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Innovation

Would You Love to Change the World?

Scratch taxing the rich to feed the poor

Published: Thursday, December 7, 2017 - 12:03

Who hasn’t been subjected to fear, manipulation, hypocrisy, and greed? The majority of the human race is continuously under the thumb of individuals who have succumbed to these unconscious states of existence. If you want change but don’t know what to do, here are points in a hopeful direction.

It’s not too late to express yourself regarding the proposed tax cuts for the rich to get richer. Write to your House and Senate representatives and voice your concerns. Offer ideas to conscionably address this before Christmas, when they hope to have the final bill placed on President Trump’s desk. A single thought can change many minds, just as a revolution can be lost with the slightest hesitation.

All this has happened before, and all this will happen again

What are your thoughts about politicians? I doubt they are all corrupt, and those who are probably didn’t start out that way. One thing for sure is that once elected, it’s a lot harder to get things done than they thought it would be. It might not be so hard if they took a systematic approach supported by research. If they made decisions based on evidence, it might be less tempting to hire lawyers to find loopholes. But who would choose this plan of action? Scientists for one, and guess what? There’s an organization that helps scientists put together campaigns to run for office: 314 Action.

Named after the first three digits of pi, 314 Action was created to  provide scientists with the money and mentorship to get them elected. “You have to help them understand how you run a campaign, get seed money, find a campaign manager, put a team together,” says political strategist Joe Trippi, in the article, “Professor Smith Goes to Washington” (The Atlantic, Jan. 25, 2017). 

“Scientists bring a unique perspective in how they look at data and think about problems,” says Kate Knuth, former House representative for Minnesota. “They’re trained to value evidence and to change their minds in the face of evidence.

“In science, your colleagues want to know you have expertise and approach problems through legitimate methods,” says Knuth. “In politics, people first want to know that you care about them and their problems before they care about whether or not you have realistic answers. Those are very different values.”

314 Action was founded in 2016 by researcher Shaughnessy Naughton, a former Pennsylvania congressional candidate. 314 Action members are committed to elect more STEM-trained candidates to public office advocating for evidence-based policy solutions.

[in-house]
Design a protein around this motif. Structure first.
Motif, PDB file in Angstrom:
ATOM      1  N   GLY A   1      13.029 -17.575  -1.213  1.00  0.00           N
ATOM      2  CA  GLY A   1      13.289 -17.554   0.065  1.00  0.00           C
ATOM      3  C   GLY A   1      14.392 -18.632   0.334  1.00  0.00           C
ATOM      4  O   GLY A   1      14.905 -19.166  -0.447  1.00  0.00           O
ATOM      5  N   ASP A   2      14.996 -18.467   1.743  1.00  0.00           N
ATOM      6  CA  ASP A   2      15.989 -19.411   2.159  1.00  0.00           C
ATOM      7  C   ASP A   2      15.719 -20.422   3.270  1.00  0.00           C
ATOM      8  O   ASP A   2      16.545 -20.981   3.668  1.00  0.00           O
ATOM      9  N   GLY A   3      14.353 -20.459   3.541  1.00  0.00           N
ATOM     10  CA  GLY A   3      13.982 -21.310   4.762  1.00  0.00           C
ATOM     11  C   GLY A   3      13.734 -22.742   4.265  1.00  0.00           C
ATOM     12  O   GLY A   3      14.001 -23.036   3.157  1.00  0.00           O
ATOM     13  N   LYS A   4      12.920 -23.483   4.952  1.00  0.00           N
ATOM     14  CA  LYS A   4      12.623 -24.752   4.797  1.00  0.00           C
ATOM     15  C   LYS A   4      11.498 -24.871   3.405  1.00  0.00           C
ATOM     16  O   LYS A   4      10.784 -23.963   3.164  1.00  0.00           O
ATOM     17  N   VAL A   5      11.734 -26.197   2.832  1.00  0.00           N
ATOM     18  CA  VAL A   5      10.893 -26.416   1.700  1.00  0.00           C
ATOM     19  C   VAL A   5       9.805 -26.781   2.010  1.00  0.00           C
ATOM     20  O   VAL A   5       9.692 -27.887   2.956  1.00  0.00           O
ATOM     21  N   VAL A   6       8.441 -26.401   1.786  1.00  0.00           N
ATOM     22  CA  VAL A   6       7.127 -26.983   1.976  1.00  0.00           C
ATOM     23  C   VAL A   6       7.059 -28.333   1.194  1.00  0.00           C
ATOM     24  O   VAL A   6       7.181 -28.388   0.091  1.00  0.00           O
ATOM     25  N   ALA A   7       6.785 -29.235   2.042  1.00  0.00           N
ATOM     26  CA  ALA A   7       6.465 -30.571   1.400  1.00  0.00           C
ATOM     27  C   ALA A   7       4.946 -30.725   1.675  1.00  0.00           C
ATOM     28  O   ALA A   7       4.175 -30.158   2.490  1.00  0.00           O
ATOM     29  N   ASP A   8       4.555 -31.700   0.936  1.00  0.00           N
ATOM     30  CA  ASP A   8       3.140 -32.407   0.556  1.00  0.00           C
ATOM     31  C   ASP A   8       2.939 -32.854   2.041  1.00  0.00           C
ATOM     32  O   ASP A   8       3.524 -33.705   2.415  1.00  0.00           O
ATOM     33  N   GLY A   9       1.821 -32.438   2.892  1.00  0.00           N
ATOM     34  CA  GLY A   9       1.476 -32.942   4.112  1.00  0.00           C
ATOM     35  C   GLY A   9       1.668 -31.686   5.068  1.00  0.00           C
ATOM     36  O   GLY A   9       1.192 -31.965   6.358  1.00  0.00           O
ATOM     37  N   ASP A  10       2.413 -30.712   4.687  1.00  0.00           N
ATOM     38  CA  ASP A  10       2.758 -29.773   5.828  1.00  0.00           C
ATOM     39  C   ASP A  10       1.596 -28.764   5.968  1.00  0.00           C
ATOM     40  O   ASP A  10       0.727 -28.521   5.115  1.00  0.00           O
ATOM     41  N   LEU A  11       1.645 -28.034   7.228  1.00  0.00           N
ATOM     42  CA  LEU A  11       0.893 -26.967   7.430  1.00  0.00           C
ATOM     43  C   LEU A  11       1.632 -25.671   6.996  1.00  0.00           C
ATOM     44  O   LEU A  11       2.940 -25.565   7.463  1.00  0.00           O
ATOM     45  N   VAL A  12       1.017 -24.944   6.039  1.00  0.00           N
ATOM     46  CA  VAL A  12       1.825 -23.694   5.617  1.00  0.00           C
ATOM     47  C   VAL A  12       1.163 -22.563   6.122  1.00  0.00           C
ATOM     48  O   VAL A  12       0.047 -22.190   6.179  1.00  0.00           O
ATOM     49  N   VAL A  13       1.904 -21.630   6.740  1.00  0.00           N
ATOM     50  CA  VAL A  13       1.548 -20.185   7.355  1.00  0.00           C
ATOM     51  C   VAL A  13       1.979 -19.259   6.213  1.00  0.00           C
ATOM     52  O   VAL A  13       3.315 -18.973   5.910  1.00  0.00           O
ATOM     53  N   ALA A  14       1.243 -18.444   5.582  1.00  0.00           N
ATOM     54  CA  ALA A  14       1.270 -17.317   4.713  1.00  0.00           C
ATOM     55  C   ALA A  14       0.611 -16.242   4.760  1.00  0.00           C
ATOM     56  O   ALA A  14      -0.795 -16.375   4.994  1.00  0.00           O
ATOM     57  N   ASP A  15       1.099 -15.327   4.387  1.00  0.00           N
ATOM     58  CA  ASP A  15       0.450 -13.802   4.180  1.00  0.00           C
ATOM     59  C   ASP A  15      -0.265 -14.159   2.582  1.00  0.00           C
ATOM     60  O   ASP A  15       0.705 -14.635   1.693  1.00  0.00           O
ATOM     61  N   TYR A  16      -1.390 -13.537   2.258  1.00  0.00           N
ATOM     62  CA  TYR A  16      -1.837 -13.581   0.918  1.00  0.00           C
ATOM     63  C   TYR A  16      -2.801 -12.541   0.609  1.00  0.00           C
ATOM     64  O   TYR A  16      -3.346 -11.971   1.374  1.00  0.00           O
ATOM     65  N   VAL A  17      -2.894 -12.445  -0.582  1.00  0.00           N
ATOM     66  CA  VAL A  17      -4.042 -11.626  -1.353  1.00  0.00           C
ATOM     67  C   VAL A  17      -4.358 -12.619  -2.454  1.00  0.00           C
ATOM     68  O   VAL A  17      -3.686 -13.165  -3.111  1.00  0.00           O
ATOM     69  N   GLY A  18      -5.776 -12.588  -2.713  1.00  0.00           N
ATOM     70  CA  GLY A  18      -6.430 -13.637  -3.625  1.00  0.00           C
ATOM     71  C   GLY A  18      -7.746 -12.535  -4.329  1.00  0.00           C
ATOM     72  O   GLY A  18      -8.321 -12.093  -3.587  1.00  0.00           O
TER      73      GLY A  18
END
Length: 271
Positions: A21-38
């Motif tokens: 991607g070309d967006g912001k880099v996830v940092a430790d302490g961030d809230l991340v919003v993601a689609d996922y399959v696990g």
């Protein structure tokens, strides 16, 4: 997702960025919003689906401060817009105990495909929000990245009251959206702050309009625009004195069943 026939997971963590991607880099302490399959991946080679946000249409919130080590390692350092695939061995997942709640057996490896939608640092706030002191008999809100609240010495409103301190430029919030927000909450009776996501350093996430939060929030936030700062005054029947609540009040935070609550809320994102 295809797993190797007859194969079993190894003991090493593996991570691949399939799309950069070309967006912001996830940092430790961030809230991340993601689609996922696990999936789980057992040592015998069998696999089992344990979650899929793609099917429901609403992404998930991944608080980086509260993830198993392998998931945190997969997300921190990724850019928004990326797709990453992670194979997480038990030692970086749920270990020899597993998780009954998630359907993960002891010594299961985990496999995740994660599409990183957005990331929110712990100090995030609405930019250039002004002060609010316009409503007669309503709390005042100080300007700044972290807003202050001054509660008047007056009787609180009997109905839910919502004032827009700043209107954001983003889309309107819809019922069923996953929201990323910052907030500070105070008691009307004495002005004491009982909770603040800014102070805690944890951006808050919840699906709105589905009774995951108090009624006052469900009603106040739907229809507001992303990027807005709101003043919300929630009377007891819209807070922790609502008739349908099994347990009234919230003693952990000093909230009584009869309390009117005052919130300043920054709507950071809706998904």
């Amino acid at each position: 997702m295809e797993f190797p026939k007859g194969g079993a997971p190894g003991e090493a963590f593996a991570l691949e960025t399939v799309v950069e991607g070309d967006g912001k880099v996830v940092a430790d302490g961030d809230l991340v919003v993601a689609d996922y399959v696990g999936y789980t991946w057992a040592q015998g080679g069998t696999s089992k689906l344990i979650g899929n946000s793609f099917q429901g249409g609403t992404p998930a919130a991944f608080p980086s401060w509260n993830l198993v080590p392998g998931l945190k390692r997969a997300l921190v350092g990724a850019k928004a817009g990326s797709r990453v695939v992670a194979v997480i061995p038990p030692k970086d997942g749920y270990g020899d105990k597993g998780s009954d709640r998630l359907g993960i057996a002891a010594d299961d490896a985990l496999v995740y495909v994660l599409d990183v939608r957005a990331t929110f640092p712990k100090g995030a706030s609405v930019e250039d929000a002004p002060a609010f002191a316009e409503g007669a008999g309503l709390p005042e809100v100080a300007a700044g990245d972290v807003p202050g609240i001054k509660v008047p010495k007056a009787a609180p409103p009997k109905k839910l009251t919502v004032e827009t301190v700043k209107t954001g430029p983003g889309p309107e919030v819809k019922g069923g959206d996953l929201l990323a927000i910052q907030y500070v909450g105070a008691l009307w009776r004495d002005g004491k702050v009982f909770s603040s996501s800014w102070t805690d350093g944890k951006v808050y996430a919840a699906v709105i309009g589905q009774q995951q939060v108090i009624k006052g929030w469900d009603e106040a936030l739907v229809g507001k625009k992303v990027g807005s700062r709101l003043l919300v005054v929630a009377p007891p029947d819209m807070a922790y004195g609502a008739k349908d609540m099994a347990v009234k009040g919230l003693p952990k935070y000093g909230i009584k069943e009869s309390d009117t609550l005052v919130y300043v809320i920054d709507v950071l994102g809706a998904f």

Imagine if there were more politicians going to bat for the academic disciplines of science, technology, engineering and mathematics (STEM). School curriculums would better support STEM education, which would help solve the skills gap we are facing today. Imagine having a vital economy again. We could pay off some national debt.

If you want to change things, change your mind

Life and business strategist Tony Robbins said, “The quality of our questions determine the quality of our life.” Some questions found to be the right questions for making a difference are in “Powerful Coaching Questions to Get Where You Want to Go” by Jesse Lyn Stoner. 

Question No. 25 is “If this weren’t a problem, what would be your biggest problem?” In her reply to a commenter, Stoner writes: “This is one of my favorite questions because it forces you to look at your situation from a larger perspective. Sometimes we get so focused on a particular issue that we lose sight of the bigger picture, or are so focused on short-term issues that we don’t see something big that is heading right at us.” 

Suggestions from other commenters include these from coaching expert Marcia Reynolds, who wrote, “Here are some questions I use after I think I’ve made up my mind about what’s next”:
• Do you have a good reason for what you just decided, or is that your brilliant rationalization?
• What assumptions have you made about this situation? How do you know they are true?
• What is the personal value or needs that you are meeting with this decision? What is the loss?

And Mary Jo Asmus suggested, “Another favorite [of hers] (because so many leaders think they have to shoulder everything alone):
• Who can help you?

Stoner notes that the questions “Why do you want that?” and “Why is that important?” can lead to deeper understanding of what you really want. But she agrees with a commenter that “why?” questions to determine cause can lead down a rabbit hole. “What?” and “how?” are excellent questions to elicit action. 

Watch how you go now

However you decide to make a difference, heed this advice from Eckhart Tolle in A New Earth (Penguin; Reprint edition, 2008): “Whatever you fight, you strengthen, and what you resist, persists.”

For example, the U.S. war on drugs was waged 103 years ago, and how’s that going for us?

Have you ever been in a warlike mindset? I have. It messed with my perceptions, and emotionally I was all over the map. There was no battle plan; I reacted. When there’s reaction, there is drama, which I found to be highly addictive. What was I thinking I could accomplish in this delusional state? Nothing good came from that experience. It was years before I realized that the universe brought to me the only thing it could bring. It was like, “You want war? You got it.”

Even if you follow the rules of war (if they exist), you still don’t get to break the law of attraction. Let’s talk about that next time.

Discuss

About The Author

Laurel Thoennes @ Quality Digest’s picture

Laurel Thoennes @ Quality Digest

Laurel Thoennes is an editor at Quality Digest. She has worked in the media industry for 32 years at newspapers, magazines, and UC Davis—the past 21 years with Quality Digest.